back to the urbs

Many years ago I wrote a post about living in a suburb — Wheaton, Illinois — but having a life that in many ways felt more like what city life is supposed to be:

For people like me Wheaton doesn’t feel like a suburb at all, and many aspects of my life sound kinda urban. My family and I live in a small house – with one bathroom, for heaven’s sake – and have a single four-cylinder car. I walk to work most days, frequently taking a detour to Starbucks on the way. From work I often walk to Wheaton’s downtown to meet people for lunch, or, at the end of the day, to meet my wife and son for dinner. Drug stores and a small grocery store are equally close; I even walk to my dentist. I also like being just a short stroll from the Metra line that takes me into Chicago, just as Chicago residents like living just a short stroll from the El. And I know many other people who live in much the same way.

The point of my post is that the common opposition between “city life” and “suburban life” obscures many vital distinctions and gradations.

I don’t live in a suburb any more, I live in a city. But because the city I live in — Waco, Texas — has 125,000 people rather than millions, it’s not the kind of place that people refer to as urban when they talk about “America’s urban-rural divide.” For example, here is a piece by Eric Levitz that uses the binary opposition in the conventional way, or what seems to me to be the conventional way. I can’t be certain, but I strongly suspect that Levitz thinks that people who live in cities the size of the one I live in — especially if those cities are south of the Mason-Dixon Line — are “rural.” But they aren’t. Even if we don’t think or vote like New Yorkers.

When people talk about “the urban-rural divide in America,” I think what they usually mean is “the divide between people who live in megacities and people who live everywhere else.”

crooked neighbors

Onward we went, asking people everywhere we stopped about the Flushing Remonstrance. None of them knew anything about it. We ended up at the Macedonia AME Church, the third-oldest religious organization in Flushing, a block west of Bowne House, on Union Street, another ‘God’s Row.’ Partway through the service, we managed to wrest ourselves from the centripetal pull of the funky organ. On our way out we encountered a deacon who not only knew about the Remonstrance, but regaled us with reminiscences about growing up in Flushing with close friends whose surnames included Lum, Vargas, O’Neal, and DiVecchio. He saw in himself—part African American, part Native American—the story of the place. He told us that John Bowne had been an abolitionist, as were many of his descendants. For the deacon, the significance of the Remonstrance wasn’t whether it had bequeathed the diversity he celebrated. It was in providing a model for how that diversity could be preserved: A group of men stood up to defend the religious freedom of people with whom they disagreed, refusing to demonize them. They stood up for unity as well as diversity, just like the Chinese and Italian friends who’d come to his defense as a kid, when they would travel together to parts of Brooklyn and Staten Island where his skin color wasn’t welcome.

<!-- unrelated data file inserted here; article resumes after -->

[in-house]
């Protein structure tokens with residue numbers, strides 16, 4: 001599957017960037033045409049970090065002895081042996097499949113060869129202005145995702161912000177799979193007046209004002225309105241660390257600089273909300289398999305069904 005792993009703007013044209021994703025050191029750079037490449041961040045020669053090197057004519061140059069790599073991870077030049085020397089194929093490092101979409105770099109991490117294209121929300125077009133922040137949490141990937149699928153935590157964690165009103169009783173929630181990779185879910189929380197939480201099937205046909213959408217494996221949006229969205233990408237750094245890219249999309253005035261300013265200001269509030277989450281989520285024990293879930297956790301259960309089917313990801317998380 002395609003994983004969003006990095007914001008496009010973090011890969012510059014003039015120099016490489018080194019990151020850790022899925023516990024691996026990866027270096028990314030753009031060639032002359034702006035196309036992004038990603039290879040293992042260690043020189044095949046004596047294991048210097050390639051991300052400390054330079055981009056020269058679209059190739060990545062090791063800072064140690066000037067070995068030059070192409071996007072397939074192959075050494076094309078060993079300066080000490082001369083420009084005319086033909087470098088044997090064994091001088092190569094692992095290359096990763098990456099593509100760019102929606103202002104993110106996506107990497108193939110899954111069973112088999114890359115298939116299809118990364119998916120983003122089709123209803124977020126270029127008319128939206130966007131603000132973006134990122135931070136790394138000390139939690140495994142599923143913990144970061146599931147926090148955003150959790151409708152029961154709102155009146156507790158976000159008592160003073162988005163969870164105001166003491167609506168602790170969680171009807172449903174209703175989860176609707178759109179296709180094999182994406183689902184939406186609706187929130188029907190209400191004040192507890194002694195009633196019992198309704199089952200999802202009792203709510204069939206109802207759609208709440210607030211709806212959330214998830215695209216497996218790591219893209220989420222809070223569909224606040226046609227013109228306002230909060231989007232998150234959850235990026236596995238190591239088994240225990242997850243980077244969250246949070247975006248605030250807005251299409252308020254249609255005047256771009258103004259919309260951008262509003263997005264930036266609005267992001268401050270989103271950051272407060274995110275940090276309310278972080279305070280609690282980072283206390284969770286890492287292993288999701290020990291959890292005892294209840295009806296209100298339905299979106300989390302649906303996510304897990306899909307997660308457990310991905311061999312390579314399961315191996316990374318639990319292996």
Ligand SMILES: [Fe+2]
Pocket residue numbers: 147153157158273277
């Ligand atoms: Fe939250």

Catapult | Love Your Crooked Neighbour / With Your Crooked Heart | Garnette Cadogan. Another wonderful essay by Garnette, and more fruit of his ceaseless walking of New York City — despite the dangers of walking while black. The essay is, among other things, a reminder of just how prodigiously religious a city New York is: that’s the great hidden truth of the metropolis.

Garnette elegantly links the story of the Flushing Remonstrance to recent controversies in the city, for instance the whoile “Ground Zero mosque” kerfuffle of a few years back. When that was fresh I wrote a post about tolerance — and why George Washington didn’t like that word. I think it’s still relevant.